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Almost 200 years after its premiere, Beethoven’s opera seems as painfully relevant as ever. Deborah Warner’s 2001 production for Glyndebourne came too soon to transport this drama of prisoners held without trial to Guantánamo Bay, but it is still set in the present. Costumes and surroundings are unspecific enough to suggest that the events could be happening anywhere, but they are certainly happening now.
Life in this prison, with its barred cages and overhead walkways, is oppressive for everybody. Warner’s production turns up the intensity from the beginning, playing up the sexual frustrations in the sub-plot to breaking point. Unfortunately, the story that really matters, of Florestan’s wrongful imprisonment and attempted murder, comes across as less momentous than usual.
The essence of the drama is bottled up almost wholly in the passionate portrayal of Anja Kampe as Leonore. There are a few wild sounds, but everything she does is charged with emotional commitment. Her Florestan, Torsten Kerl, is a bit of a lump by comparison, and although the evil prison governor probably would be a smarmy civil servant today, Peter Coleman-Wright’s sturdily sung Don Pizarro is unable to make much of the character. It is Rocco who comes across as a more important player here, thanks to Brindley Sherratt’s compelling portrayal of a man caught between good and evil. Lisa Milne’s strong-willed Marzelline would soon turn Andrew Kennedy’s Jaquino into a hen-pecked husband, while Henry Waddington’s under-sung Don Fernando was too mild a messenger of salvation.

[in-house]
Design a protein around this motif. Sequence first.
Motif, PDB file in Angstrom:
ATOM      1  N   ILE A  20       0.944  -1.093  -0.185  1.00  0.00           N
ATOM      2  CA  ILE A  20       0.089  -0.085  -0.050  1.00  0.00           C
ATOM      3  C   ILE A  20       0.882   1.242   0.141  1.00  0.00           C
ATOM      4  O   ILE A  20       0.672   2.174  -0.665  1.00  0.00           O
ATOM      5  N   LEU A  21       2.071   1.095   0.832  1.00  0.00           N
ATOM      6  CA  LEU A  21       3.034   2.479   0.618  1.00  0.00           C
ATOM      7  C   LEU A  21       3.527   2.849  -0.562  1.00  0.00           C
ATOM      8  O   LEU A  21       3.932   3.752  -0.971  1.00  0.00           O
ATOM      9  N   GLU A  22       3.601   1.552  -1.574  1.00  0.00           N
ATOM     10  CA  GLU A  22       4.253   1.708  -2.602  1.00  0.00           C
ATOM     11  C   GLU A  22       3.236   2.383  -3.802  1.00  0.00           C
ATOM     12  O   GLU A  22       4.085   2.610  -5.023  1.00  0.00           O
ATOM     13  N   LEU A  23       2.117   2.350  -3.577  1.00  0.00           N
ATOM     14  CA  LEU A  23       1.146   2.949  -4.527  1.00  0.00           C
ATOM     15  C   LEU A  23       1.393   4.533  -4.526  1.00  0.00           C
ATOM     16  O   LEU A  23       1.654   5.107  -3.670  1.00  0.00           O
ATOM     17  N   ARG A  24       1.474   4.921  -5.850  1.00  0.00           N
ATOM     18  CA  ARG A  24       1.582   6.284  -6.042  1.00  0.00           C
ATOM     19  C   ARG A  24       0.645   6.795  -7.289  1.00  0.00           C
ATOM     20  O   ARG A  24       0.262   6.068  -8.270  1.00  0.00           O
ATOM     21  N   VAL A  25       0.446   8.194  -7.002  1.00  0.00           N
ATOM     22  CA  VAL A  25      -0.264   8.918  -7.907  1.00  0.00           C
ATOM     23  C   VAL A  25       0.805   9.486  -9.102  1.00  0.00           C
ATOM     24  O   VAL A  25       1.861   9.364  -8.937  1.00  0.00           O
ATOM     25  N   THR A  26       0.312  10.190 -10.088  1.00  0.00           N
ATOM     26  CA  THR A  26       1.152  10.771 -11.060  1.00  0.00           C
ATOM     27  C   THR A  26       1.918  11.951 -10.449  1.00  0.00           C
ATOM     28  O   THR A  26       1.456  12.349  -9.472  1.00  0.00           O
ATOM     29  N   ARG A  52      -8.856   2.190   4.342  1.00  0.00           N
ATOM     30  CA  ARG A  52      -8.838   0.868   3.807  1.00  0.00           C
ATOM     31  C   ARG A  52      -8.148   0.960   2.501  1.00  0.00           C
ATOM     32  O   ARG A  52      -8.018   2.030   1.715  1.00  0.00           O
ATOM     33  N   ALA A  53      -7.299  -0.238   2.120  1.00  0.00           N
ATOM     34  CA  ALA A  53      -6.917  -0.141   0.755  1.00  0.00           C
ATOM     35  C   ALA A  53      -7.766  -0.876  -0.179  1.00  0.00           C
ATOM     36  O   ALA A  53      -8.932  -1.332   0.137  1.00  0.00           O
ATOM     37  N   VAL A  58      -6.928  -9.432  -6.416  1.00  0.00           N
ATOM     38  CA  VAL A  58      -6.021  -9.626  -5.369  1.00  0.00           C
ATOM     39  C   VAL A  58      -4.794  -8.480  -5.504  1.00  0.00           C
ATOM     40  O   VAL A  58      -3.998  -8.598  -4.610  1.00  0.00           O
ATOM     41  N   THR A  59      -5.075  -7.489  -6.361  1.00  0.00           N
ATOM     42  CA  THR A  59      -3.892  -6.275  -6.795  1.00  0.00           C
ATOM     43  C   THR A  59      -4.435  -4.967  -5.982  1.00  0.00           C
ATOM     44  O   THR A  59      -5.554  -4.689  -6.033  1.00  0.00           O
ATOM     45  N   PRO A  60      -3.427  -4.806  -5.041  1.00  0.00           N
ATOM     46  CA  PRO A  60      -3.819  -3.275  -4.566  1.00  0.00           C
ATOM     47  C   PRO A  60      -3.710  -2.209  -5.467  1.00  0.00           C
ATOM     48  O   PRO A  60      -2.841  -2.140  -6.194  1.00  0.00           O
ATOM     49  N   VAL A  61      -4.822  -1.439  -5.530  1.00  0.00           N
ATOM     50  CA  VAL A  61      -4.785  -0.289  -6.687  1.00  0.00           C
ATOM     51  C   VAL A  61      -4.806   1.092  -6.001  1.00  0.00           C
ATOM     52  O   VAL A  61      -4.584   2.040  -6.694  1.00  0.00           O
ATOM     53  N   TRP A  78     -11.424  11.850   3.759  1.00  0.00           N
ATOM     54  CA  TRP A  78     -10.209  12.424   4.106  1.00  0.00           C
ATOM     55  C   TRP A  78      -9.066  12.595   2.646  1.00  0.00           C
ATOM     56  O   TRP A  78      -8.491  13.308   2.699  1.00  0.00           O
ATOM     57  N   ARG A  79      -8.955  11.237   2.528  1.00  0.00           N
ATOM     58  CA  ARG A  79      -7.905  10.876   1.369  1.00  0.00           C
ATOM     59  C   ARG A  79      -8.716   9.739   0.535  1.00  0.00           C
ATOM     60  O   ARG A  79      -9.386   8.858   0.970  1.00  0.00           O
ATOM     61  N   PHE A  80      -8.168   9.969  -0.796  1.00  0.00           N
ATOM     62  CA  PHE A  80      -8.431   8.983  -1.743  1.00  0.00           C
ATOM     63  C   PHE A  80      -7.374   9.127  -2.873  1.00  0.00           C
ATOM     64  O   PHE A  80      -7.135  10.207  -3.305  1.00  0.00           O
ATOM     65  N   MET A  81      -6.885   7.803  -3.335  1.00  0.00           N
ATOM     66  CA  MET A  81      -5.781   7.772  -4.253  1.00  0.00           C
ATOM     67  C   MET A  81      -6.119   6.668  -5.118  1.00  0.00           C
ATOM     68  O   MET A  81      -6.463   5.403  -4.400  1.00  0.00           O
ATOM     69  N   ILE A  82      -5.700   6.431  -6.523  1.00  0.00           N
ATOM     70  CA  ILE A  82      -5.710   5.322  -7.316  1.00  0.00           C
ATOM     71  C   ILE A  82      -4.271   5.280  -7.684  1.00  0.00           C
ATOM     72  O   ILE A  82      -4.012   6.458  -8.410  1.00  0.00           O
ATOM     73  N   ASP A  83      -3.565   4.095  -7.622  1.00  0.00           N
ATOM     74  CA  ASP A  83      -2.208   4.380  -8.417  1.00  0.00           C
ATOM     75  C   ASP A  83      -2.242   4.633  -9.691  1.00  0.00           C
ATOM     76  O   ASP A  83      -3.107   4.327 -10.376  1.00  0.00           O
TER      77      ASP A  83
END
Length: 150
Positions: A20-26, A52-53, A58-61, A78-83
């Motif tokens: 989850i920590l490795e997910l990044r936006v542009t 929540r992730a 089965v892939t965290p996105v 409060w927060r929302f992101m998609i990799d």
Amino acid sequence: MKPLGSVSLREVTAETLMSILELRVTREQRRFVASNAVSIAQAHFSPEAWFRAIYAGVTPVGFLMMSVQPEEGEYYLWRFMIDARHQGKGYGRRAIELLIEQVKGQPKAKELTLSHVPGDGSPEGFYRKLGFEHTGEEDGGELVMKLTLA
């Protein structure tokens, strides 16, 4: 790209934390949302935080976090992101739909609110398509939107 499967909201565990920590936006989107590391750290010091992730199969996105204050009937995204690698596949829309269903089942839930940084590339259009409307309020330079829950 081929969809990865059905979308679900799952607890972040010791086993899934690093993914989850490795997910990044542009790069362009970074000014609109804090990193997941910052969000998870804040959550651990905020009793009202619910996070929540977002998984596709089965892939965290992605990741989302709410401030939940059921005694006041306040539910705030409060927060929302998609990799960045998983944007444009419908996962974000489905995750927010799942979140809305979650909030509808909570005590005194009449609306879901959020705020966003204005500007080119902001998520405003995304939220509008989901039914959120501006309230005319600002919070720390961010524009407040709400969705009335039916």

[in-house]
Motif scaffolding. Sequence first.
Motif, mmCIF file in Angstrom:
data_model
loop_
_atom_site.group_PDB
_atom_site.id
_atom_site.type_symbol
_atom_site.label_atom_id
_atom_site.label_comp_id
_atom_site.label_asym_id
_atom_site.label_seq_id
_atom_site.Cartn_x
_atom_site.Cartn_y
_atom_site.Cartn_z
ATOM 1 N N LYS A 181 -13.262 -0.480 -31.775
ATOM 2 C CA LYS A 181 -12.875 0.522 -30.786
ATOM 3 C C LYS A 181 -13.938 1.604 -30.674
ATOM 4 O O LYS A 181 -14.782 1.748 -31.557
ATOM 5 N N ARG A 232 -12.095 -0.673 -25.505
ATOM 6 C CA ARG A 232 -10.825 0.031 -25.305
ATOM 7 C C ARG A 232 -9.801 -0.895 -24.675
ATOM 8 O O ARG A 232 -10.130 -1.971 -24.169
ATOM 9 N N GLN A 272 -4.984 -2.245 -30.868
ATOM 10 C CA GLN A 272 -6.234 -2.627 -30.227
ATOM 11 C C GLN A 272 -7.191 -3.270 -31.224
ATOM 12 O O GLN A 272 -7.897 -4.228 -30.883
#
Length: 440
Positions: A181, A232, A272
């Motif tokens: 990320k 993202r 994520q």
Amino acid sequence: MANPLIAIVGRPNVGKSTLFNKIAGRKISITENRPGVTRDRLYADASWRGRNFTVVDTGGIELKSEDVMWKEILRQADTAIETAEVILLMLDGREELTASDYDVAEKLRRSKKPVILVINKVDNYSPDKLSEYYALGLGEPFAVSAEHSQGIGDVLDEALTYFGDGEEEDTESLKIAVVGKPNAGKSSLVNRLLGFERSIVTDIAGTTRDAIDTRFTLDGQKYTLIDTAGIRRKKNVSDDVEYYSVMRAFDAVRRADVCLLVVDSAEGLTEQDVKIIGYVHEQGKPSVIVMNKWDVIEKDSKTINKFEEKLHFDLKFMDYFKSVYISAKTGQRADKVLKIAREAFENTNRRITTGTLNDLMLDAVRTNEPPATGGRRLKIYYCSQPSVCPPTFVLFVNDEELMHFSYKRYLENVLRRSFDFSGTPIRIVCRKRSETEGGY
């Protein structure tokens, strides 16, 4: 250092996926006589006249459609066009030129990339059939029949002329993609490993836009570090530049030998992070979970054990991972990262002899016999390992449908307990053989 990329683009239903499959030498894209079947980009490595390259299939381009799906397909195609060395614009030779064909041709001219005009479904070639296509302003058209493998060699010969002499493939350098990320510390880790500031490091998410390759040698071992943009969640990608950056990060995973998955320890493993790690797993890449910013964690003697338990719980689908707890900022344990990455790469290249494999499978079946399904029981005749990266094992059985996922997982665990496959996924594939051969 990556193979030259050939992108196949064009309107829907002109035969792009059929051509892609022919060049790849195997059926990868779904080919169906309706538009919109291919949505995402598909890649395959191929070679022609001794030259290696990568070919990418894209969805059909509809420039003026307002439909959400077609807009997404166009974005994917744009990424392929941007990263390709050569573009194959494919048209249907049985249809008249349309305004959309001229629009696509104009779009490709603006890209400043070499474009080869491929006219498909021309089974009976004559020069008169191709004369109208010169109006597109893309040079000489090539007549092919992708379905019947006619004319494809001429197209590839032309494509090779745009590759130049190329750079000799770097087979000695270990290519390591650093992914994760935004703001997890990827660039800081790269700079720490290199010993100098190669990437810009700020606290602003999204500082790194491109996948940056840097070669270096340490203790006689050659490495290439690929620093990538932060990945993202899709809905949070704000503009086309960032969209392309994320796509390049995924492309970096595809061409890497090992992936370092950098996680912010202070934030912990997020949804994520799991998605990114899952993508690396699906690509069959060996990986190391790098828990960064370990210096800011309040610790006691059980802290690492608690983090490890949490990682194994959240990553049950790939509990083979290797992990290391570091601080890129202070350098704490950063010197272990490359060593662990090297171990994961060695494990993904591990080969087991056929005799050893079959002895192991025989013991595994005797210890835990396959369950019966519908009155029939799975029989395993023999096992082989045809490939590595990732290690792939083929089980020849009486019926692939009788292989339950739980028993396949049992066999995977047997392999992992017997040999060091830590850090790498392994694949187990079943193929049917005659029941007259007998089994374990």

What tipped the balance was Mark Elder’s determined conducting, together with the high quality of playing from the London Philharmonic Orchestra – a reminder that, whatever is happening on stage, it is Beethoven’s music that makes his message as inspirational as ever. ★★★★☆
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